Factbox: What’s new in Cuba’s proposed foreign investment law
Thu Mar 27, 2014 12:20pm EDT
(Reuters) – Cuba’s National Assembly is set to approve a new foreign
investment law on Saturday that the communist-run country hopes will
attract badly needed capital, improve growth and create jobs.
Accompanying regulations, which may differ from previous rules, will not
be published for 90 days.
Following are some differences between the current and the proposed new
law, and a summary of what remains unchanged.
CURRENT LAW: Negotiations with Cuban authorities go through various
steps with no time limit until a proposal reaches the Council of State
or Council of Ministers, at which point the two bodies have 60 days to
approve or reject.
NEW LAW: Some minor ventures approved at the ministerial level within 45
days. Larger ventures still must go through the more lengthy process of
passing the Council of State or Council of Ministers.
CURRENT LAW: Profits taxed at 30 percent and use of labor at 25 percent
(11 percent for the right to use a worker and 14 percent for social
NEW LAW: Cuts profit tax in half to 15 percent and eliminates the labor tax.
CURRENT LAW: Profits from mining, oil and other raw material ventures
can be taxed at higher levels, up to 45 percent.
NEW LAW: Taxes on profits in mining, oil and other raw material ventures
are limited to 22.5 percent.
CURRENT LAW: Any tax breaks for investing in Cuba are negotiated.
NEW LAW: Investors are exempted from paying a profit tax for eight years
upon the signing of an agreement.
CURRENT LAW: Investors are subject to income tax.
NEW LAW: Investors are exempted from income tax.
CURRENT LAW: Allows for 100 percent foreign ownership, but in practice
the government rarely if ever approves permits for wholly owned foreign
NEW LAW: Also allows for 100 percent foreign ownership but denies those
companies the same tax benefits afforded to joint ventures with the
Cuban state or associations between foreign and Cuban companies.
CURRENT LAW: Does not specifically exclude Cubans living abroad, but in
practice they are not allowed to invest.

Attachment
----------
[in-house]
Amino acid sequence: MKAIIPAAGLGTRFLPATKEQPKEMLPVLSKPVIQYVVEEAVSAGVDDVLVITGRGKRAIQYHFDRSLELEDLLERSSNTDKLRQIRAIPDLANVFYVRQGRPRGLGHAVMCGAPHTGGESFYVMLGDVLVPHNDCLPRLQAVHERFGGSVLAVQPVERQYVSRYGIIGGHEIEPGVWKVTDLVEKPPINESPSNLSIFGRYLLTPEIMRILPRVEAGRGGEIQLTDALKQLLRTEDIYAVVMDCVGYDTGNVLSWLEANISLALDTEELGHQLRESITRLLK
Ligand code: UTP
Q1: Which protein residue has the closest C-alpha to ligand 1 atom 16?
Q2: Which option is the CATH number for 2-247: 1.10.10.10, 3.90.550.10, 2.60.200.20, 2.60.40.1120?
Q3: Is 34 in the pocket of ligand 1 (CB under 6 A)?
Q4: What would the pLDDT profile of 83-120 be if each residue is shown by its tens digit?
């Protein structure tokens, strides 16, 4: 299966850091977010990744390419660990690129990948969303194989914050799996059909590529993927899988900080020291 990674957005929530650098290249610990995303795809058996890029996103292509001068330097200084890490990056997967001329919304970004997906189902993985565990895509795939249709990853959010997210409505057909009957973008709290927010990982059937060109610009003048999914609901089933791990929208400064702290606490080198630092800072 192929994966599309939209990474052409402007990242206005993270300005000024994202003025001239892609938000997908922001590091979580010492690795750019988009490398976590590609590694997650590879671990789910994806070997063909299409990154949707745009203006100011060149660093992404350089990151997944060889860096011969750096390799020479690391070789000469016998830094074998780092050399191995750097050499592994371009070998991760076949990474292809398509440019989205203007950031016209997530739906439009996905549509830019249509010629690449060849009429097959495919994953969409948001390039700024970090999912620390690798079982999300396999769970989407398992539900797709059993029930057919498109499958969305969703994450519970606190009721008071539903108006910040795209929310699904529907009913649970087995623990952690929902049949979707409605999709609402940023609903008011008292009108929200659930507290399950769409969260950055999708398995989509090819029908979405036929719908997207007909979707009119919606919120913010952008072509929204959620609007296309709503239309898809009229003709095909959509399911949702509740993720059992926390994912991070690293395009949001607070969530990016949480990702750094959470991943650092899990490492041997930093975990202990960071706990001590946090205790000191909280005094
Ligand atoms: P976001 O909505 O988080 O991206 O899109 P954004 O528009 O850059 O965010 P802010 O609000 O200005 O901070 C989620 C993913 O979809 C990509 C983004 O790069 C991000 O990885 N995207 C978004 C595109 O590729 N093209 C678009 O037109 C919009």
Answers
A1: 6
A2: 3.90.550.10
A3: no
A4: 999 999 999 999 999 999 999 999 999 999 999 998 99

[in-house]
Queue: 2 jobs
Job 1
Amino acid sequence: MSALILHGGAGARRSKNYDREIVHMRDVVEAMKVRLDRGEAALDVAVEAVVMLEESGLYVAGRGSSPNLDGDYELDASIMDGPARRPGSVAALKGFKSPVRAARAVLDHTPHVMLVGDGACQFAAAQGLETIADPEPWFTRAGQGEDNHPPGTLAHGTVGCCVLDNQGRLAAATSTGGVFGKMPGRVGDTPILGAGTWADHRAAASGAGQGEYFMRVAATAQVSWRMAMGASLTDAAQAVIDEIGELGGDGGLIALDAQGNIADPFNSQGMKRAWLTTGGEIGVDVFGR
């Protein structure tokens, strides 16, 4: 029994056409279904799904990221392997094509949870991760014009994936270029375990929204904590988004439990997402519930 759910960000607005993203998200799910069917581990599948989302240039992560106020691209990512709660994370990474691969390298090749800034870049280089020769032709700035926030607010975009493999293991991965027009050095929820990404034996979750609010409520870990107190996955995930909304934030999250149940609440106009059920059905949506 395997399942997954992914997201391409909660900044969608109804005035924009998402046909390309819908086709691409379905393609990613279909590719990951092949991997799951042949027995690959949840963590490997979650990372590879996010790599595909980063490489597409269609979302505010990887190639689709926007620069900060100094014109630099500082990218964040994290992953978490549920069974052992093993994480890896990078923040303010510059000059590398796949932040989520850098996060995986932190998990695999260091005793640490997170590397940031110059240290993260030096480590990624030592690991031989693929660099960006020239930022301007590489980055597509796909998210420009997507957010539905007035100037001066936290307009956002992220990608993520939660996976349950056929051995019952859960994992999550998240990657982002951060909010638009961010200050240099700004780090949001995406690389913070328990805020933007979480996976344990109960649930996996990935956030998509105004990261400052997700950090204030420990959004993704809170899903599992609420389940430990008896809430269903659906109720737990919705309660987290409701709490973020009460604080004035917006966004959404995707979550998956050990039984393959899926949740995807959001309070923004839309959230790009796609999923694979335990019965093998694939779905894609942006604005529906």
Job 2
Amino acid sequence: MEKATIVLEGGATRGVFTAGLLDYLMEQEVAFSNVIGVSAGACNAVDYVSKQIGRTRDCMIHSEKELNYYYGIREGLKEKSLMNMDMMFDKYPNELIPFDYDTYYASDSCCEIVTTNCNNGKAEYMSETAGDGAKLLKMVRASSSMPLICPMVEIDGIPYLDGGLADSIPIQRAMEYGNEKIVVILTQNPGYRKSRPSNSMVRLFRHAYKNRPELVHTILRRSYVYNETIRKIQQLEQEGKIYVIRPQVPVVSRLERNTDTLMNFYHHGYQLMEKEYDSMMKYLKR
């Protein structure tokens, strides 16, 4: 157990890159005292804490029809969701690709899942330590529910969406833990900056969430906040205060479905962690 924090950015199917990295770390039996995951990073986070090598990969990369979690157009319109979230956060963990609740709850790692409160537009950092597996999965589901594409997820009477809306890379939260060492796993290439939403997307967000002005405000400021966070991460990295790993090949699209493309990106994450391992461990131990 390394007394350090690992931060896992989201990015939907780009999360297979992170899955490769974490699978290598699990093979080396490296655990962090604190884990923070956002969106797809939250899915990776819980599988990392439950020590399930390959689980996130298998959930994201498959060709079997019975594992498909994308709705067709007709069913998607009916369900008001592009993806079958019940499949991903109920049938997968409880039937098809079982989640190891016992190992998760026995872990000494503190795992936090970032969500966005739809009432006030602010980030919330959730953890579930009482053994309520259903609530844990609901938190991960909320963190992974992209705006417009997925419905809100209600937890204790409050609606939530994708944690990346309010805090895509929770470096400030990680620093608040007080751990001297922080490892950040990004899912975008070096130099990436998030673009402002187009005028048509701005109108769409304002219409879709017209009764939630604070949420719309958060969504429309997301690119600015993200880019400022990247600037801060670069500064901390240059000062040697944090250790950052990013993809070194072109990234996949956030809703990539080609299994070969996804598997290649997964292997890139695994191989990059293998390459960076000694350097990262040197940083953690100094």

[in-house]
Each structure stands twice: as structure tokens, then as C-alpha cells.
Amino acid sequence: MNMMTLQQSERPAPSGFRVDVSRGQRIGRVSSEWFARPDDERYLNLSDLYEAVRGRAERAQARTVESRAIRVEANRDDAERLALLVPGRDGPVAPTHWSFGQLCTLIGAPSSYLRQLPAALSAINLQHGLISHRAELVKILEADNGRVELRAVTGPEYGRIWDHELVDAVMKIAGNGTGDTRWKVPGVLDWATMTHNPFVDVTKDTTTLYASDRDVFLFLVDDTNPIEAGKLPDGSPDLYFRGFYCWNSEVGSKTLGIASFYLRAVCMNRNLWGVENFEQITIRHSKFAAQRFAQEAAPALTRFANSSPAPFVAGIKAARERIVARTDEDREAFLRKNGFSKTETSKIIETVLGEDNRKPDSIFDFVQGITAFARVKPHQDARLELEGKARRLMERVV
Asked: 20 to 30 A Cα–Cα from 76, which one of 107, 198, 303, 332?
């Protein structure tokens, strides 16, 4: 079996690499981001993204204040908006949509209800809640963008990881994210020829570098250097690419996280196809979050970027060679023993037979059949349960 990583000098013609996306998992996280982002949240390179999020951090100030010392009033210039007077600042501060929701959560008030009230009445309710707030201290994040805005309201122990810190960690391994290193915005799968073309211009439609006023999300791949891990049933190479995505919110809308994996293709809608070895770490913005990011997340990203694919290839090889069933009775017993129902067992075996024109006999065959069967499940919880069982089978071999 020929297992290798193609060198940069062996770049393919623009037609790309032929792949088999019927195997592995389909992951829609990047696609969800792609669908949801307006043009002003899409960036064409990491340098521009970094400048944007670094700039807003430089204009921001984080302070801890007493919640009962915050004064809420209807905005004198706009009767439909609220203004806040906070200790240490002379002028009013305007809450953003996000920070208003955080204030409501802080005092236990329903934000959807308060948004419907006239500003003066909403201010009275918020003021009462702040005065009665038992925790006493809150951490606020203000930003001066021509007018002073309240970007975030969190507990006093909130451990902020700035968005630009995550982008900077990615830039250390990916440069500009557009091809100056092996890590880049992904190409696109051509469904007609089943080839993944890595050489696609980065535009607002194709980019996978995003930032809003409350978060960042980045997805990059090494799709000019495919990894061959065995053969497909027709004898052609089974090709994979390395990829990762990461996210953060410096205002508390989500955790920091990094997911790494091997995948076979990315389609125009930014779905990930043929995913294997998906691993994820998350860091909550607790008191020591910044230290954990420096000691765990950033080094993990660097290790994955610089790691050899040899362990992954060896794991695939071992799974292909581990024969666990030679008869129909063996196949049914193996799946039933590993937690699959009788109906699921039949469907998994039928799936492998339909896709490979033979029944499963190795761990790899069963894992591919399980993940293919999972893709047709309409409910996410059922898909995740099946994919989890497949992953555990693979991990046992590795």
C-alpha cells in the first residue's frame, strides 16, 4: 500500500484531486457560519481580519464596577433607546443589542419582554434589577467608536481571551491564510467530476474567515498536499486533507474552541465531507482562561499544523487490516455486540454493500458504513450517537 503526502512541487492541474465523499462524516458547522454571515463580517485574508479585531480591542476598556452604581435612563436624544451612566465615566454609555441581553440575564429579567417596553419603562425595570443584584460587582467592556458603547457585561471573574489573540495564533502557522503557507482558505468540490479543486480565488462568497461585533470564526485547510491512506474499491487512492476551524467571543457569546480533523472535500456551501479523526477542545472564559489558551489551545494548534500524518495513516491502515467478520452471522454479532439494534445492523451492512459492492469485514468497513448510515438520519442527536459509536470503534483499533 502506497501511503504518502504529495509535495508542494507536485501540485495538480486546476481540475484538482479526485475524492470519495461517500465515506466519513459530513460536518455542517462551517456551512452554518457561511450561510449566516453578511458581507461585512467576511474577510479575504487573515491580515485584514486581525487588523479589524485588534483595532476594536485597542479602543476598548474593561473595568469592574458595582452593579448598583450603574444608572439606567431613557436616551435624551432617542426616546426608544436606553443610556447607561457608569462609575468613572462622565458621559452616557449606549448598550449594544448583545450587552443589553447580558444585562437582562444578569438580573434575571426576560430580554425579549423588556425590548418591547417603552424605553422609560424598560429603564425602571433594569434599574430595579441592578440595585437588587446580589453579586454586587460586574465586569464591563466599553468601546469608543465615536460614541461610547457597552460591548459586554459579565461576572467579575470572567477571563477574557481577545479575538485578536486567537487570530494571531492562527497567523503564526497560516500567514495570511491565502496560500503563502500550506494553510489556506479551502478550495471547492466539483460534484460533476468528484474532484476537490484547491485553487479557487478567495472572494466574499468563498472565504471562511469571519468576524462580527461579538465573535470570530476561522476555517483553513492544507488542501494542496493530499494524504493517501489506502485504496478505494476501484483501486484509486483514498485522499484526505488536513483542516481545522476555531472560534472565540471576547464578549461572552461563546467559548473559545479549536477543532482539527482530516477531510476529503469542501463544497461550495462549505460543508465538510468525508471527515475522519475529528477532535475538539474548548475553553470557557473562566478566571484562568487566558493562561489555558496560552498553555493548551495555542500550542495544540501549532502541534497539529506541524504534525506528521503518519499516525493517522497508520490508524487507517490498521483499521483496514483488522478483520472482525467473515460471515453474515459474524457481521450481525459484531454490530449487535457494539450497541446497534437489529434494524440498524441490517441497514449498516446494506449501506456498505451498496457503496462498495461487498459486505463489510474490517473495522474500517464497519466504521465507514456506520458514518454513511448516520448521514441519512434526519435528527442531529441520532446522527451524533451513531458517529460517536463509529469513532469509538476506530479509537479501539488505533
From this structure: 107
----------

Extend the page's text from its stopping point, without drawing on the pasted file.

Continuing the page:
NEW LAW: Does not specifically exclude Cubans living abroad.
CURRENT LAW: Only state-run companies are authorized to form ventures
with foreign investors.
NEW LAW: In addition to state-run companies, private farm and non-farm
cooperatives authorized to form ventures with foreign investors.
WHAT REMAINS THE SAME
Under the proposed new law, the following remain basically unchanged
from the 1995 legislation, although this could change upon publication
of accompanying regulations.
SETTLEMENT OF DISPUTES
Disputes are to be settled by Cuba-based arbitration unless specified
otherwise in agreements.
Joint ventures and other forms of association must hire labor through
state-run companies, paying agreed-upon wages in convertible currency.
The hiring organization then pays Cuban workers in the local peso and
handles labor disputes.
Companies must use Cuban citizens and residents for all positions, with
the exception of high-level management.
Companies may import and export directly, bypassing the state’s
cumbersome trading companies.
MARIEL SPECIAL DEVELOPMENT ZONE
The Mariel Special Development Zone retains its tax laws, which are even
more favorable than those in the proposed new law. Investors in Mariel
will also benefit from other provisions of the new law.
(Reporting by Marc Frank; Editing by Daniel Trotta and Sophie Hares)
Source: Factbox: What’s new in Cuba’s proposed foreign investment law |